After 4 years in Greece, Kenny felt it was time to get an agent and move on to bigger things, landing a contract in Norway, where he moved around a few teams before playing for Tromsø, north of the Arctic Circle. Kenny found love in a cold climate, meeting, as he quipped, ‘the only other Greek in the whole city’. Maria, a beautiful half Greek, half Norwegian girl, was to become his wife in 2009. Although Kenny is passionate about Greece and wants to go back to live there eventually, he opted to play for Canada at a national level. ‘It was hard to choose,’ he says, ‘because I have strong Greek roots, but a Canadian mentality. I love both countries and now I have Scandinavian ties too.’ More so, since Kenny and Maria have a gorgeous little son (Nicholas, 2010) and daughter (Christina, 2012), who were both born here in Sweden and are one quarter Norwegian.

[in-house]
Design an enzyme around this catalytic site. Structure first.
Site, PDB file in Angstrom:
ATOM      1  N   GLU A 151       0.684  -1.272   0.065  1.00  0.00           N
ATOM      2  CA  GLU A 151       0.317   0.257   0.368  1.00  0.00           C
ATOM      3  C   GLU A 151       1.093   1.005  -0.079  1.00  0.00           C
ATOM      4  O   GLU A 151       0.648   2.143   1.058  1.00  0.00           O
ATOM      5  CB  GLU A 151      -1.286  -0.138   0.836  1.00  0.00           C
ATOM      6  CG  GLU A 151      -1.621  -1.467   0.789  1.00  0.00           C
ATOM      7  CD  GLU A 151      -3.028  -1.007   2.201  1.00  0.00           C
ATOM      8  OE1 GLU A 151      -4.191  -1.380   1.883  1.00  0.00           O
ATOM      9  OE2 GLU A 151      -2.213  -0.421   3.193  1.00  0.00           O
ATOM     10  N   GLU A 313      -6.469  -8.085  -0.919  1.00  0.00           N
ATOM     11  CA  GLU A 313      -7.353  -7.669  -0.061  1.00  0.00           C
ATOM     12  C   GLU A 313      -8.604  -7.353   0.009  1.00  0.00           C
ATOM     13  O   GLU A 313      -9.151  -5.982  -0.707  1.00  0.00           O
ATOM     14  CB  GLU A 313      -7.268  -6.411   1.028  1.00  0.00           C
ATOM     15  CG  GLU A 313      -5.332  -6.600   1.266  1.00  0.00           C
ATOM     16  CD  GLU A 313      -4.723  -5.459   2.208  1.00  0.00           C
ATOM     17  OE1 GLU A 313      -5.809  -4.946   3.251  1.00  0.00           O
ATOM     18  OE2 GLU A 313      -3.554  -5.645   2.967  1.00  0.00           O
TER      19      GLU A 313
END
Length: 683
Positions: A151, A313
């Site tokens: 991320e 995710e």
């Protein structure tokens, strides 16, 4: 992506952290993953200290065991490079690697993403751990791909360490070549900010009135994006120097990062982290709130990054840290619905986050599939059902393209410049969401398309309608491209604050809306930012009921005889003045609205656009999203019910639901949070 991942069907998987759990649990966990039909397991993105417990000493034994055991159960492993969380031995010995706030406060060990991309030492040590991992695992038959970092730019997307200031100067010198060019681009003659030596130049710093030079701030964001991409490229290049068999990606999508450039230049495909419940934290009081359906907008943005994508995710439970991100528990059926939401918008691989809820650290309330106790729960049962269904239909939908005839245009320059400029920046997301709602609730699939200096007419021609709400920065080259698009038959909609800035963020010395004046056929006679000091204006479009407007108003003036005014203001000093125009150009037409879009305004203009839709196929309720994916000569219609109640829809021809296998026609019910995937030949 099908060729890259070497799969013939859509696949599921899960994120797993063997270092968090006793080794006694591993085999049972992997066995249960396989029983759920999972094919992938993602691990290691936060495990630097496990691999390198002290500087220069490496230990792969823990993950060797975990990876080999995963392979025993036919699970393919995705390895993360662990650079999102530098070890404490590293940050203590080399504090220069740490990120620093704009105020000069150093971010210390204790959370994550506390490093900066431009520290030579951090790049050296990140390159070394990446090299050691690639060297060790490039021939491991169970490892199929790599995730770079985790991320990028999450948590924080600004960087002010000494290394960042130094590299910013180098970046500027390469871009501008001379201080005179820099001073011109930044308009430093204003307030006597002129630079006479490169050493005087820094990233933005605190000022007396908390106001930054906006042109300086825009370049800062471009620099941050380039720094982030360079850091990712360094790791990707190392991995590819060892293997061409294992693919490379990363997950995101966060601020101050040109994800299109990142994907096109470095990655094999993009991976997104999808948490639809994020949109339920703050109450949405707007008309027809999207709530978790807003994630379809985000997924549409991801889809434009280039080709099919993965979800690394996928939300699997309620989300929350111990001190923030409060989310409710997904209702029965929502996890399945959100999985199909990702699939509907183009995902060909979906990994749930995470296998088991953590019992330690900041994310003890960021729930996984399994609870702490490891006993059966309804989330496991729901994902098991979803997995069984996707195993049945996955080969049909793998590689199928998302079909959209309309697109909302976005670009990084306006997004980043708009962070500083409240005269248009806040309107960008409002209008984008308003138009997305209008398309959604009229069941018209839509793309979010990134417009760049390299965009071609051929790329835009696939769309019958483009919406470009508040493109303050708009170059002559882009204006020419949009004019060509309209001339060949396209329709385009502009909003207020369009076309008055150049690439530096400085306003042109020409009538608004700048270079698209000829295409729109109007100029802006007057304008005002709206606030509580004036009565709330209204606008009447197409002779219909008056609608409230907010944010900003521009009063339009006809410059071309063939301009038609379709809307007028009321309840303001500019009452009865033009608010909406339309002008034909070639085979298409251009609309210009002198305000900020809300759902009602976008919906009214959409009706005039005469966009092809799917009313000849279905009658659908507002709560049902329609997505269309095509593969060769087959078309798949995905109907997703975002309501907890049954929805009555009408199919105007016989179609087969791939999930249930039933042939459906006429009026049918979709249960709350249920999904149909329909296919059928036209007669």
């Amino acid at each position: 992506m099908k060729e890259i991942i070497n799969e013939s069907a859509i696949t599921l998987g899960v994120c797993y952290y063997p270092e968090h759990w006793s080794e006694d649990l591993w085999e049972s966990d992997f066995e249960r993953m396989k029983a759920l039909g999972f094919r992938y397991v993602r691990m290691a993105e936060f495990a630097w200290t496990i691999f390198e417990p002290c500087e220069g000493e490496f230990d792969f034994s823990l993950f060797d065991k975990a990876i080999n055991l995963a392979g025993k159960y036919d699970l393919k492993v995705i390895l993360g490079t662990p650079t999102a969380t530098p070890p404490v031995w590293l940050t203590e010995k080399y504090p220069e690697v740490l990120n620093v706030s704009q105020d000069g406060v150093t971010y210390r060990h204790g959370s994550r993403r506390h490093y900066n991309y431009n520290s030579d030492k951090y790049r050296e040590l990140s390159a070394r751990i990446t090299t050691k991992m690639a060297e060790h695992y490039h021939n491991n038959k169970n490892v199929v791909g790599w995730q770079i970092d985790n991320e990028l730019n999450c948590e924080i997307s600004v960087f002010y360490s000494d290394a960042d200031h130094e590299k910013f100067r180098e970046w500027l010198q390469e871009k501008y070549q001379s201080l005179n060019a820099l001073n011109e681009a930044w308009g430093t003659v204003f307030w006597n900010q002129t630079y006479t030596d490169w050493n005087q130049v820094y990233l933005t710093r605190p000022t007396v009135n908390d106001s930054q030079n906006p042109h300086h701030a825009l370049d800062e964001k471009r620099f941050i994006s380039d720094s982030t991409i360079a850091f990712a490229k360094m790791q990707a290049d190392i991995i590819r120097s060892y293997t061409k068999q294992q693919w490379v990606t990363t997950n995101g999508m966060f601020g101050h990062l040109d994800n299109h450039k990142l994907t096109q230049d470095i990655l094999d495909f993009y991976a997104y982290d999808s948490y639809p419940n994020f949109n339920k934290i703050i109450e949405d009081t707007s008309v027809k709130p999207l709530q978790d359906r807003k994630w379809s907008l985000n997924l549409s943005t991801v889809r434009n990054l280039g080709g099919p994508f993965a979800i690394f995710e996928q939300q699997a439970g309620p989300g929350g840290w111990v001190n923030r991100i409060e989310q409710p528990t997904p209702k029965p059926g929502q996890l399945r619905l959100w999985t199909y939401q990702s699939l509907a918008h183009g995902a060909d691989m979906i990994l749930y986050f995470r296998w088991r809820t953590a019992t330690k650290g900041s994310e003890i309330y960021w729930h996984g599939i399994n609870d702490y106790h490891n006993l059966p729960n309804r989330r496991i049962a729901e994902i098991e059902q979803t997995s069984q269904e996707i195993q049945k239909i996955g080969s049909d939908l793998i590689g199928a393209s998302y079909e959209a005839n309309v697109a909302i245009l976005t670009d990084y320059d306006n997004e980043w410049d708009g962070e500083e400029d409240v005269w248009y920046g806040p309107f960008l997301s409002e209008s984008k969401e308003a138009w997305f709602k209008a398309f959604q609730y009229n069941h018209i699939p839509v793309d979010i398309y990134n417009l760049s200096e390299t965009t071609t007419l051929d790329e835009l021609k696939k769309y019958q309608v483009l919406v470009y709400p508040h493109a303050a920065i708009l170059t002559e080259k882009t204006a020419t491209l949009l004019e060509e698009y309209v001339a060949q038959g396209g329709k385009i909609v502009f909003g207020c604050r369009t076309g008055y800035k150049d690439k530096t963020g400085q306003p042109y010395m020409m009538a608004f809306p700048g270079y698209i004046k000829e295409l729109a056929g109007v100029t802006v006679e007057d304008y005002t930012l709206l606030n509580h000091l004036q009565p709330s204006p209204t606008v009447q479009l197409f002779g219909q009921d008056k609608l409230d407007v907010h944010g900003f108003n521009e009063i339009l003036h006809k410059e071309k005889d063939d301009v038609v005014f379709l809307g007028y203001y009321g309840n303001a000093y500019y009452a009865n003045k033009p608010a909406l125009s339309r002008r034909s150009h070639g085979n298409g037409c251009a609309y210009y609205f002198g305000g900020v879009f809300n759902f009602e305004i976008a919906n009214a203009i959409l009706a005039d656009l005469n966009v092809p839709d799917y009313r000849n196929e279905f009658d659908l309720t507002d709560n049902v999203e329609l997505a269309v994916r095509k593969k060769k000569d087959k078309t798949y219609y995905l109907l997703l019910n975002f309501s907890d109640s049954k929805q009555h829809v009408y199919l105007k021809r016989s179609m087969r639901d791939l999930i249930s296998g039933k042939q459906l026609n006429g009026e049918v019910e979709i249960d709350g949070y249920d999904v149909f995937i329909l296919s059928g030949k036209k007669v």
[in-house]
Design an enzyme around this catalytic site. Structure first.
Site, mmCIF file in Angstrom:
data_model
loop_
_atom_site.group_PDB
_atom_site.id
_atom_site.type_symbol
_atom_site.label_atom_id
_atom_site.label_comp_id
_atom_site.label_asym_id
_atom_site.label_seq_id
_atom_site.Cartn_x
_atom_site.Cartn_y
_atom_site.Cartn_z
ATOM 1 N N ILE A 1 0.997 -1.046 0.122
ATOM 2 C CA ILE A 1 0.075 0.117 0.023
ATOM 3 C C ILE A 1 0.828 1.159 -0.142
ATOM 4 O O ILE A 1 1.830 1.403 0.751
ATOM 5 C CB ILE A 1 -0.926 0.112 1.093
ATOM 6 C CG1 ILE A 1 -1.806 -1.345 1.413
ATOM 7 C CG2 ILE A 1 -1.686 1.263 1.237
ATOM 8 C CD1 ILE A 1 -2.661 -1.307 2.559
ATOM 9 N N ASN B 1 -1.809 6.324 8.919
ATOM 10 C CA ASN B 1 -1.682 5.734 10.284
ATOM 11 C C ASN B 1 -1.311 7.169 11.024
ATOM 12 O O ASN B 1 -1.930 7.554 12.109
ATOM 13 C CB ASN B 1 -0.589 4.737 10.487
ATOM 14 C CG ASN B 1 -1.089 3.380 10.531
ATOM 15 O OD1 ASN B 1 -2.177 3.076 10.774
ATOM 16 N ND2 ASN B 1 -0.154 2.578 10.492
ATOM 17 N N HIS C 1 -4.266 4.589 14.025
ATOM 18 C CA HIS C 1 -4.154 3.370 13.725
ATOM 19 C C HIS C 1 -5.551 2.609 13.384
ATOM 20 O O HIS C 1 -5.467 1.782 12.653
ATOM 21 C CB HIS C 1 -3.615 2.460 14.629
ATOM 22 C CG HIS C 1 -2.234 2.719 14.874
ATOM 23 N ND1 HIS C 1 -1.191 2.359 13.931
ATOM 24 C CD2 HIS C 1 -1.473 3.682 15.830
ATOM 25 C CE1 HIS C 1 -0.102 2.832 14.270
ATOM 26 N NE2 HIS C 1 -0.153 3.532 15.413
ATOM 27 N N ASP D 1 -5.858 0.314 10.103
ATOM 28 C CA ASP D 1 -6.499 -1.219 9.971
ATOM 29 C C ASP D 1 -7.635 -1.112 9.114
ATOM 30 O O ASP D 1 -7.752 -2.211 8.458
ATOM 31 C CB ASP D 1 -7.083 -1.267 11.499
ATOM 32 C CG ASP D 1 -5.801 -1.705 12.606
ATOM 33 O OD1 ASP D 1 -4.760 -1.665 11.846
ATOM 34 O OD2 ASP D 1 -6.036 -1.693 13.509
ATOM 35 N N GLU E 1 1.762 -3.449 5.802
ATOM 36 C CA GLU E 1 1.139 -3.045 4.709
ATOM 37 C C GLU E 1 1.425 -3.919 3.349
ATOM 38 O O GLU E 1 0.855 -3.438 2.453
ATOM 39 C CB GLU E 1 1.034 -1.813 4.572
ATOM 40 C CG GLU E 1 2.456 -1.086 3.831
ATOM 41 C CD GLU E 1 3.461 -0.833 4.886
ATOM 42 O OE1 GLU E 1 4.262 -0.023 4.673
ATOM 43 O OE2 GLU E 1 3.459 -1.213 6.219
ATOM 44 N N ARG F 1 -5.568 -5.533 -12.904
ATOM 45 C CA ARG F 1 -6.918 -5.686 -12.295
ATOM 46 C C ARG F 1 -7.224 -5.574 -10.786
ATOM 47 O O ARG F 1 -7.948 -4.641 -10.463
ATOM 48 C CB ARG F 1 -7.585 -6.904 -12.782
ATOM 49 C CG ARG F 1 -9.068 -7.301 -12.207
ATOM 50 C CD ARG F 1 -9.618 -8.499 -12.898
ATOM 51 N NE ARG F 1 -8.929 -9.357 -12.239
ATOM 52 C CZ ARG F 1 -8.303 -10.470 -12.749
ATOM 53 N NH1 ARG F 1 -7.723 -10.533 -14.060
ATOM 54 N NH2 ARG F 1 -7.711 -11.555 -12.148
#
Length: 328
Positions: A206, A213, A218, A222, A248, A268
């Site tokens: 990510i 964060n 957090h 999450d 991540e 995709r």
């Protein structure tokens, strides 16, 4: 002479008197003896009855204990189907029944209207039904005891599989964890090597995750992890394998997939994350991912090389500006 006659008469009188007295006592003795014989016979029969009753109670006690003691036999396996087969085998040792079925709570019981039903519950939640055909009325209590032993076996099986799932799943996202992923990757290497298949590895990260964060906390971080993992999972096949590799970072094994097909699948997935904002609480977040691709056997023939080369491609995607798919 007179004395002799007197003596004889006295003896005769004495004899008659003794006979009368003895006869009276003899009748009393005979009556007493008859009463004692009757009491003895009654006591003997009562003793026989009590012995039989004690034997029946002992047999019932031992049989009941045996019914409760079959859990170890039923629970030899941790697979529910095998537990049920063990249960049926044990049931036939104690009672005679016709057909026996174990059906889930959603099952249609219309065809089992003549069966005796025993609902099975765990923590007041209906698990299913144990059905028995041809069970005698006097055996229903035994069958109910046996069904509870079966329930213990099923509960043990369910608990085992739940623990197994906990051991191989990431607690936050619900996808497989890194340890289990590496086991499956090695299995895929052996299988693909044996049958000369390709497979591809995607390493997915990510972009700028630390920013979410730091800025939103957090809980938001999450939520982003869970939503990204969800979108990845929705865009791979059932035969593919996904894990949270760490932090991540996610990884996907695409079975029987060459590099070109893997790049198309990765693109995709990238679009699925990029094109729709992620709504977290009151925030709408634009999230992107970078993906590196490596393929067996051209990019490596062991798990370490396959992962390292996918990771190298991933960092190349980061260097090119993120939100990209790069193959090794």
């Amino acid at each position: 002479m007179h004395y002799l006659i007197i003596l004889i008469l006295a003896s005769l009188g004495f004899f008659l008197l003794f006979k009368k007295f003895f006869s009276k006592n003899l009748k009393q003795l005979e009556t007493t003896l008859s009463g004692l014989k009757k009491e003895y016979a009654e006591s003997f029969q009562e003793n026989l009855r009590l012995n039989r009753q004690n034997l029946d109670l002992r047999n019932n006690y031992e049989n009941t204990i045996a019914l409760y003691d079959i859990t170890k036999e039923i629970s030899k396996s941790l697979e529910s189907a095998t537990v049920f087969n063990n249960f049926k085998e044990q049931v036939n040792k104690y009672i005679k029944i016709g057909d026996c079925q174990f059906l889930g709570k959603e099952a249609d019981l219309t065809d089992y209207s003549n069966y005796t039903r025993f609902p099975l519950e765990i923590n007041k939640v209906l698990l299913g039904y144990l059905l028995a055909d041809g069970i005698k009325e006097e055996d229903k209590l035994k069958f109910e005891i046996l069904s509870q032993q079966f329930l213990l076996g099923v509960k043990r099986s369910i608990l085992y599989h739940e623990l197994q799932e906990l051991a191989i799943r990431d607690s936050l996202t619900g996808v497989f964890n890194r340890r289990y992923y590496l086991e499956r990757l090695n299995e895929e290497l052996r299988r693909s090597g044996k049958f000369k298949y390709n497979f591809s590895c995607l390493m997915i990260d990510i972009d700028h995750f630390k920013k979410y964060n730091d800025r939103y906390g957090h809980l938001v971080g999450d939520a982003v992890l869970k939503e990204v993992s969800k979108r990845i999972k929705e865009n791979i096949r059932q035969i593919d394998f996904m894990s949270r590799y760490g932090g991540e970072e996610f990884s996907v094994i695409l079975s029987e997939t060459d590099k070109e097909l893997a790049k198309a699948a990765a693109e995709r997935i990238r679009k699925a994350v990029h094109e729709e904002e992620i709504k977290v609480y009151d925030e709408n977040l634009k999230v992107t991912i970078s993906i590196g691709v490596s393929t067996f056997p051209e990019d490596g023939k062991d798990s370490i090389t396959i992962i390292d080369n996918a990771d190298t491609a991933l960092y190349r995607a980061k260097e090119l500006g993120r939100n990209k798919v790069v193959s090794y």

I asked Kenny what he likes most about Scandinavia. ‘The women,’ he answers, mischievously. ‘I did marry one, after all’, he adds, looking over at Maria, who he clearly adores. How does she cope with all the press attention that a footballer gets? ‘It’s not quite the same as in England, where the terms ‘footballer’ and ‘footballer’s wife’ are so loaded, nor do the press badger individuals as much. But, yes, there have been times where we’ve been at a café together and I leave for a bit; when I come back to my chair, there’s a girl there!’ I ask Kenny how he deals with these girls. ‘Before I was married… very easily,’ he grins. ‘Now, I’m just friendly; it’s nice to talk to people.’ And are the perks of footballing just limited to socialising? ‘Well, there’s the money too! But to be honest, the best part is that I’m able to do what I love every day. What might be some people’s hobby, for fun, is my job and my passion and that’s a great feeling.’